If I meet any Europeans I'll ask them! :)

Believe it or not, I didn't have you in mind at all when I wrote that. I had in mind continental European acquaintances who are and have been all in for Democrats and Trump-hating.

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8 hours ago, Jamie123 said:

and two Indians (though one of them might be a Pakistani - I'm not sure).

Yeah, there's a mistake you do not want to make.

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Just now, Jamie123 said:

Indeed. And the worst insult for an Iranian is to call him an Arab. (To really annoy him, pronounce it Ey-Rab.)

When I came home from my mission service in Italy, I heard my mother say "Eye-talian", and it just sounded soooo wrong. But I realized that that's mostly how I had pronounced the word for my whole life until then. English is totally the best.

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23 hours ago, Jamie123 said:

Whereas if they were liberal they would put their dislike of Trump above truth, evidence and the law? But since they're conservatives, we need not fear!

 

I don’t want to be overly and unnecessarily denigrating to Americans on the opposite side of the political aisle.  But the answer to your question is, fundamentally, “yes”.  That’s what “living constitutionalism” is—the view that (if our motives are pure enough) what we want a statute to mean is more important than what the statute’s  text or historical  context or commonly-accepted interpretation would dictate.

An originalist (read: “conservative”, at least for most practical purposes) judge should be able to point to numerous instances where she felt compelled to rule in a way she personally disliked.  A progressive judge will have a much harder time giving you examples of that having occurred; because in his eyes making good law to achieve “justice” (as he understands it) is, to some degree, a natural and legitimate part of his job.

I have much more faith in a conservative court to uphold a Biden victory, than I would in a progressive court to uphold a Trump one.

Edited by Just_A_Guy

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Guest Scott
9 hours ago, Jamie123 said:

Why didn't he cross your signature out and put his own in next to it?

Because he's 18. 'nuff said.

Yes, that's what should have been done.

Edited by Scott

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17 minutes ago, Just_A_Guy said:

I have much more faith in a conservative court to uphold a Biden victory, than I would in a progressive court to uphold a Trump one.

Exactly this....   I fully support the rule of law...  Biden can claim a win, Trump can claim fraud...  and if it comes down to it the Court will make a ruling and that will be the end of the story..  (And I am predicting the while court might find something but ultimately not enough to give Trump the win, so this is not me trying to take the high ground because I think my side is going to win)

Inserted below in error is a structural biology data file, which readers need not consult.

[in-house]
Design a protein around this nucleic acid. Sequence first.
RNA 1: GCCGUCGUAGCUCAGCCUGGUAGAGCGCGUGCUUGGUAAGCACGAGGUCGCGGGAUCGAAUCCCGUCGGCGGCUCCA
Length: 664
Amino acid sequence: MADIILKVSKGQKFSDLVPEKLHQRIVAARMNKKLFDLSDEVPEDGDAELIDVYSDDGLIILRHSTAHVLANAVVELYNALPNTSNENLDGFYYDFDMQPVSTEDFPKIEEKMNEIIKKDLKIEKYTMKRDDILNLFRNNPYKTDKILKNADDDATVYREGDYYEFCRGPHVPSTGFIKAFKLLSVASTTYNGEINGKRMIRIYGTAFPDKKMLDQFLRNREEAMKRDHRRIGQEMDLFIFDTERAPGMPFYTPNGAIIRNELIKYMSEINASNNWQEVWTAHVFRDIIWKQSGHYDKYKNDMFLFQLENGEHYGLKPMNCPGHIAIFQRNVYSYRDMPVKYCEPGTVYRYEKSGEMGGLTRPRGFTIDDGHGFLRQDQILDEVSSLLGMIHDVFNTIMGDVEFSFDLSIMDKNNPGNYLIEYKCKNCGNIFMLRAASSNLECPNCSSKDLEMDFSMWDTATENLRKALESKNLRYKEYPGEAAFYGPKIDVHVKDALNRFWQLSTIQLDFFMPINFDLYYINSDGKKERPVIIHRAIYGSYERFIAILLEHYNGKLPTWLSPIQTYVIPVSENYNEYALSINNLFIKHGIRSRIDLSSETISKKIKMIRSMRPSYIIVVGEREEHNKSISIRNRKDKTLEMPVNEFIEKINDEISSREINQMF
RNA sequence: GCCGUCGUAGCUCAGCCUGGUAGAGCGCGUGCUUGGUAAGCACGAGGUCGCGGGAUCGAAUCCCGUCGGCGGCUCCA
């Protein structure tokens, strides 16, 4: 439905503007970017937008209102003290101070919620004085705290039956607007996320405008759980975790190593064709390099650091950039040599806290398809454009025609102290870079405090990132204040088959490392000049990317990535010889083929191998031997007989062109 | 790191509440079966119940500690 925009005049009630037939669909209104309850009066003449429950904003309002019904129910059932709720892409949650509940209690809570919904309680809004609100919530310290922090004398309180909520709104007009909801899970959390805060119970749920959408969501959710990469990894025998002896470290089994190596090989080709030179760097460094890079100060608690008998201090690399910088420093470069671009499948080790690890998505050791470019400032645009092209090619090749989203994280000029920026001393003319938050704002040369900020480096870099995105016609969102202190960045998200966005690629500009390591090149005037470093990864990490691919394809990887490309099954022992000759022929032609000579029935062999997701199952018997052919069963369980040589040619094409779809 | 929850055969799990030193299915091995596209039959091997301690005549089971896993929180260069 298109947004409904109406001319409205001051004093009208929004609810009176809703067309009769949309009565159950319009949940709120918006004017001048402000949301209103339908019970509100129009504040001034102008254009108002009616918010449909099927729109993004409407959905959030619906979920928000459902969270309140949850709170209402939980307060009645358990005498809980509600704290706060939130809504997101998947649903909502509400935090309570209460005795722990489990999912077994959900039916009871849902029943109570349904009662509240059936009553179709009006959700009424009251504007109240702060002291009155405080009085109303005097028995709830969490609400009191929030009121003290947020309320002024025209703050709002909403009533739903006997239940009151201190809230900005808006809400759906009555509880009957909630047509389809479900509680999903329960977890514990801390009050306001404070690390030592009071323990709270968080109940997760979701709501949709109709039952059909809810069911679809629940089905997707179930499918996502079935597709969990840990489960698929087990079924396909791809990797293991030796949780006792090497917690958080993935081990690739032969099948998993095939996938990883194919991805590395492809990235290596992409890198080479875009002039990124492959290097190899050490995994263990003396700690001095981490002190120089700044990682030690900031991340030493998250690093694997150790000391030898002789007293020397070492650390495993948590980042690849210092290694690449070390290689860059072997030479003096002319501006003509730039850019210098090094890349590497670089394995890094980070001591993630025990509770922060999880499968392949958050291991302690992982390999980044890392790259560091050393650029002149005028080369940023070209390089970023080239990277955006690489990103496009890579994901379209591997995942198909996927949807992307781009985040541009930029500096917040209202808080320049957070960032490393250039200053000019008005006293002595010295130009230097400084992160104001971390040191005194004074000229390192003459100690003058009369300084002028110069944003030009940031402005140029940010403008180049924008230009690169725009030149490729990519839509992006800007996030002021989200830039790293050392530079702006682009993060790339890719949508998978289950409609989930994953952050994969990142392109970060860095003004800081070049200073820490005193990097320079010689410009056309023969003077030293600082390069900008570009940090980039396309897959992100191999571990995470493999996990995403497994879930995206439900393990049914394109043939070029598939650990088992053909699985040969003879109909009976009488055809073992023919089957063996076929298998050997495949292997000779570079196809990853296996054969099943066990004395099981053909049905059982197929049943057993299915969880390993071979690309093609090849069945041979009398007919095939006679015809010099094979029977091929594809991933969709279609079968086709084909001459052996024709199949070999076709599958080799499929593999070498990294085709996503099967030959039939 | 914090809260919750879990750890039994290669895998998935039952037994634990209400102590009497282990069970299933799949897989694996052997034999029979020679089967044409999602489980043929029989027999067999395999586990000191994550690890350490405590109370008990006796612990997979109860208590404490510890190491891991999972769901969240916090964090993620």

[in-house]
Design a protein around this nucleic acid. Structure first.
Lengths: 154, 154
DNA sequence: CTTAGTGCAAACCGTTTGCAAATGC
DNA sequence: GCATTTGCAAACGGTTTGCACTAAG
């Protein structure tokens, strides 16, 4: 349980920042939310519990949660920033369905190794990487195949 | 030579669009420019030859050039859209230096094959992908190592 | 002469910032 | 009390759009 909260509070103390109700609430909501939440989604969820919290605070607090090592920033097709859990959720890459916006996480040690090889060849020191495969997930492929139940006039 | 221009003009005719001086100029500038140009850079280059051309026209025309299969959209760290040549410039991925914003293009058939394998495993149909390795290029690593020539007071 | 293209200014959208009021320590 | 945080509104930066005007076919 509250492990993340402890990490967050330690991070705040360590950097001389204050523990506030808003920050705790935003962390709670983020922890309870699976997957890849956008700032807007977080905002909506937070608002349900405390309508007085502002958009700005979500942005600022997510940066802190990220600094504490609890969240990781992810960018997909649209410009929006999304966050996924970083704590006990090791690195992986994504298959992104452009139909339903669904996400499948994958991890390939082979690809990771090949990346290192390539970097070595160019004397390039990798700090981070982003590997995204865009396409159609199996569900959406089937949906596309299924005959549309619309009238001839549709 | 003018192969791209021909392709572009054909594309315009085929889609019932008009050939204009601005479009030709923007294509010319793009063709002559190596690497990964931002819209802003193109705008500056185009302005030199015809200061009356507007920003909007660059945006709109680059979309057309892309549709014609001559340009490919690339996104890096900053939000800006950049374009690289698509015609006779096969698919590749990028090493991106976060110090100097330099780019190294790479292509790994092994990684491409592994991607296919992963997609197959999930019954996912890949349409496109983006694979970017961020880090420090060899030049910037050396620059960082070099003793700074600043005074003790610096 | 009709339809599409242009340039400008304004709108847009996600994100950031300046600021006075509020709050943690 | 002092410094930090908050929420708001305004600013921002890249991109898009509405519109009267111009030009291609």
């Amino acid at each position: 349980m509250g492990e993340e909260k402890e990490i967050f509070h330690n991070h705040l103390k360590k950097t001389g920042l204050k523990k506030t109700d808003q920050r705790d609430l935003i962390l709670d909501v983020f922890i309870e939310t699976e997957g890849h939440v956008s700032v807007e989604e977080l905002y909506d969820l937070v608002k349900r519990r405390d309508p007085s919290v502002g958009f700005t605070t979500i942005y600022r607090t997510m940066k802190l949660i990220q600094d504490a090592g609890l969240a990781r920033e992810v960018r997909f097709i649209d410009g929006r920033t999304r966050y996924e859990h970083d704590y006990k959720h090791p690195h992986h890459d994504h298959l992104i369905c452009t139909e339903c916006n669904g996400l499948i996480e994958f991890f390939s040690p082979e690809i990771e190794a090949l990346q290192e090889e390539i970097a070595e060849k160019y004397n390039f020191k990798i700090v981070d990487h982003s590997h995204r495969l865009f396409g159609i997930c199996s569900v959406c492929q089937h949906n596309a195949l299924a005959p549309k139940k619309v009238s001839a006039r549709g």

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1 hour ago, Just_A_Guy said:

I don’t want to be overly and unnecessarily denigrating to Americans on the opposite side of the political aisle.  But the answer to your question is, fundamentally, “yes”.  That’s what “living constitutionalism” is—the view that (if our motives are pure enough) what we want a statute to mean is more important than what the statute’s  text or historical  context or commonly-accepted interpretation would dictate.

An originalist (read: “conservative”, at least for most practical purposes) judge should be able to point to numerous instances where she felt compelled to rule in a way she personally disliked.  A progressive judge will have a much harder time giving you examples of that having occurred; because in his eyes making good law to achieve “justice” (as he understands it) is, to some degree, a natural and legitimate part of his job.

I have much more faith in a conservative court to uphold a Biden victory, than I would in a progressive court to uphold a Trump one.

Generally speaking I have more faith in what we politically think of conservative over what we think of liberal in the current political climate.  But I am beginning to think that it is not going to matter that much over the next few years.  I am of the opinion that COVID-19 has had a profound effect on the world - especially the world economy.  Realizing that I can seldom have enough insight to predict a sporting outcome - let alone things much more important.  Yet, I wonder how we can avoid an global economic collapse of pronounced proportions worse than the great depression.  I have seen out of control inflation.  As a engineer fresh out of college I started at $10,000 a year and struggled to purchase a $24,000 home (new construction).   Within 10 years I was making over 400% more - most of which was keeping up with inflation.   With all the credit and printed money it is hard to not expect a 100% and more inflation rate over the next 4 years.  

If our borders become more open - I do not see how what is called stagflation can be avoided (stagflation is when the cost of living {durable goods} increases faster than wages).  I believe such things to be engines of resentment, class distinction and war.  I believe we could easily see a WWIII within 4 years - and we could go through in a civil war here in the USA as well.   All these things are things I have expected to occur before the return of Christ.  

We live in a most exciting time - especially for the Kingdom of G-d and the covenants of Christ.

 

The Traveler

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17 minutes ago, Traveler said: